Christmas is already a memory. And around Reno, there are sounds to prove it.
They go something like this: munch, munch, munch.
They're goats. And they're eating Christmas trees.
Friday marked the first day the Truckee Meadows Fire Protection District in Nevada began using a unique – not to mention environmentally sustainable – method of recycling the symbol of Christmas. Pine needles and all.
The program's goal is to keep Christmas trees out of the landfill, and to reduce illegal dumping along with eliminating what might otherwise be a fire danger, firefighters say.
"Goats have all kinds of fire hazard uses – eating old Christmas trees is just one of them," Amy Ray, fire marshal for the Truckee Meadows district, told the Los Angeles Times.
The program is the brainchild (or in goat terms brain kid) of Truckee Meadows Fire Protection District volunteer Vince Thomas, who created a business he calls Goat Grazers to employ the family's 40 goats.
And coincidentally, they love Christmas trees.
"They'll eat it all – the pine needles included – and leave the skeleton of the tree," Thomas, a longtime volunteer firefighter, told The Times. "It basically looks like Charlie Brown's Christmas. Nothing left but a scrawny tree that has nothing but the [bare] branches."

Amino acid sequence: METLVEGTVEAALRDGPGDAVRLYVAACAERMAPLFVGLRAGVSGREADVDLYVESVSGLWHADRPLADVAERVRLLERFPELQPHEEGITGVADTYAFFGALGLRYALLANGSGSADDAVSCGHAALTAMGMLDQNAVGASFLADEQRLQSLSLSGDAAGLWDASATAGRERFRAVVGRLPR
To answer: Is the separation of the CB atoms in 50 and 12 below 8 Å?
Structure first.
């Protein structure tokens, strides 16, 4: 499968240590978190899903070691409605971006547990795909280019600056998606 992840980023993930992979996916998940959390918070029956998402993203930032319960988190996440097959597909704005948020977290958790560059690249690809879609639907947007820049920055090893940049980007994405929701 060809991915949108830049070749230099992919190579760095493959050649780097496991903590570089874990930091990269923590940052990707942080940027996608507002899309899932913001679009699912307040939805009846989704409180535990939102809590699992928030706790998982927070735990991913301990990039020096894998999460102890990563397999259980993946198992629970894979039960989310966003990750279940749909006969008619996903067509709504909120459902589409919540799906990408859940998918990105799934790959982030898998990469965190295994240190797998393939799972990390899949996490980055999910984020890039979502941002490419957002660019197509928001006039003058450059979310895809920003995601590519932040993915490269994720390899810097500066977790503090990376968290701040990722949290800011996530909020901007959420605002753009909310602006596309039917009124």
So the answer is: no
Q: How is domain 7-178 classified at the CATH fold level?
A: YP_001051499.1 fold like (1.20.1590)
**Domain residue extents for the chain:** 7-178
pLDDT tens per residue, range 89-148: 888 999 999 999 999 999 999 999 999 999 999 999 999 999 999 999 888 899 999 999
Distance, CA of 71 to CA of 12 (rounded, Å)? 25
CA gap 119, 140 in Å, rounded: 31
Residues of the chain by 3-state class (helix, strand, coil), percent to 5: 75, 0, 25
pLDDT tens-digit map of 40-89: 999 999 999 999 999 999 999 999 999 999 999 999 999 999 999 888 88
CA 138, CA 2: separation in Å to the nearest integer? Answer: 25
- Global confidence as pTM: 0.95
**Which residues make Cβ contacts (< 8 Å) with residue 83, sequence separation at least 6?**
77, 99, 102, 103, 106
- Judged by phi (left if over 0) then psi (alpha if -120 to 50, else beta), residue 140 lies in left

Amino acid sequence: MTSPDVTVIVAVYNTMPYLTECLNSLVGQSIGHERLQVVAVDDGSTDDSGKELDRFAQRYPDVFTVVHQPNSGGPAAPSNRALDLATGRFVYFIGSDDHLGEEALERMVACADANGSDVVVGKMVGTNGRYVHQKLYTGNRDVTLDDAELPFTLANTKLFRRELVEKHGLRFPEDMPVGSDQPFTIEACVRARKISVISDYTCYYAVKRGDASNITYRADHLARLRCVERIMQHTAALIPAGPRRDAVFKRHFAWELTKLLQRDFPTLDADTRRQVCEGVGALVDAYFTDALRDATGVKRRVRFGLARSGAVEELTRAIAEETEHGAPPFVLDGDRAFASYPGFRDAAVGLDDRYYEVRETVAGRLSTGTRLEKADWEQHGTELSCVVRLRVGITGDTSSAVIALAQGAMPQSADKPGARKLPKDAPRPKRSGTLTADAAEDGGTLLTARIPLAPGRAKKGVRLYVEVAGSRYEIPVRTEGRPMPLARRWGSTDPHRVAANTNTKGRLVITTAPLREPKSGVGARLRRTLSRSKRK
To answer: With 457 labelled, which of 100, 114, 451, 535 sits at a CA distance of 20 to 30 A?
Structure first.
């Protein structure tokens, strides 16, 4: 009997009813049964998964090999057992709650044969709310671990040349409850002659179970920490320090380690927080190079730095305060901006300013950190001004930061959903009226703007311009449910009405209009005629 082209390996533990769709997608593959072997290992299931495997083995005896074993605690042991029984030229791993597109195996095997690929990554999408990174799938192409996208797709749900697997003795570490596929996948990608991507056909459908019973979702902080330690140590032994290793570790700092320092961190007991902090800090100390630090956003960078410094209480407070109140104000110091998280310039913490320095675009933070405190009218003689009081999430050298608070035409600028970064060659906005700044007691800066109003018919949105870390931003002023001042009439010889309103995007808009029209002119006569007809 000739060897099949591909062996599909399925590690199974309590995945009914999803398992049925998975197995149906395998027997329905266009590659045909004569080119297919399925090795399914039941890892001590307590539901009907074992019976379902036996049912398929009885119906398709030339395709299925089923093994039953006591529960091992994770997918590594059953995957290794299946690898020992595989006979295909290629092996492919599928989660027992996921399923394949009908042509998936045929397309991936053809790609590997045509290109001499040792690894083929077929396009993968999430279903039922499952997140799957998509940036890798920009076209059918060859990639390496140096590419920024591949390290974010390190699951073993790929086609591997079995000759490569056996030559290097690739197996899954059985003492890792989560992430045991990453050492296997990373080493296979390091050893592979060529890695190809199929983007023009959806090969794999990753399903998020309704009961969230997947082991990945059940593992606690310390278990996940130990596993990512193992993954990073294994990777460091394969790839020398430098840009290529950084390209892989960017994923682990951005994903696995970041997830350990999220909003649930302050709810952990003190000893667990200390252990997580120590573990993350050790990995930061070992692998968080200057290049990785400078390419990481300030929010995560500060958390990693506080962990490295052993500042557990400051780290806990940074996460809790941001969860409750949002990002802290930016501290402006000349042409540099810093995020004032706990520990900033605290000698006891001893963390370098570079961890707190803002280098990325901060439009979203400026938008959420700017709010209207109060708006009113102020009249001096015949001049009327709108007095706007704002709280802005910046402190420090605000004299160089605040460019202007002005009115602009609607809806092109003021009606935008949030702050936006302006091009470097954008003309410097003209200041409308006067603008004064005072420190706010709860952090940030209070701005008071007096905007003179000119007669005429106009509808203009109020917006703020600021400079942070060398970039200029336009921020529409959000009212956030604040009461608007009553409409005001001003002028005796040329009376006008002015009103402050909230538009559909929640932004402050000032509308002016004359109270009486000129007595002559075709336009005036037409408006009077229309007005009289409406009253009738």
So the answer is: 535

Thomas is spending Friday driving to different fire stations to pick up trees for his goat herd.
But the animals don't just work the holidays. Ray said Thomas' goats have been used in other seasons to help graze in areas with weeds along the Sierra's eastern front.
"They're able to get into areas that machines and landscapers aren't," she said. "All the rocky terrain, hills, valleys and heavy brush."
She said Thomas erects an electric fence to keep the goats corralled, which he moves as they buzz-saw the landscape.
"One of their favorites is the invasive white top weed," she told The Times. "They prefer to eat it before it flowers, so it doesn't have a chance to spread."
And best of all, she added, goats have multiple stomachs so they don't immediately defecate in the field and allow the seeds to spread that way.
Thomas, 52, saw how the goats kept his daughter's lawn free of weeds. He did some research and found that the pine needles from Christmas trees acts like a natural de-wormer, high in vitamin C, "so it's healthy for them."
They do such a good job, they make the 16-year firefighting veteran look good.
"Goat are great employees; they love their job and they don't complain," Thomas said. "They think I'm the best boss in the world."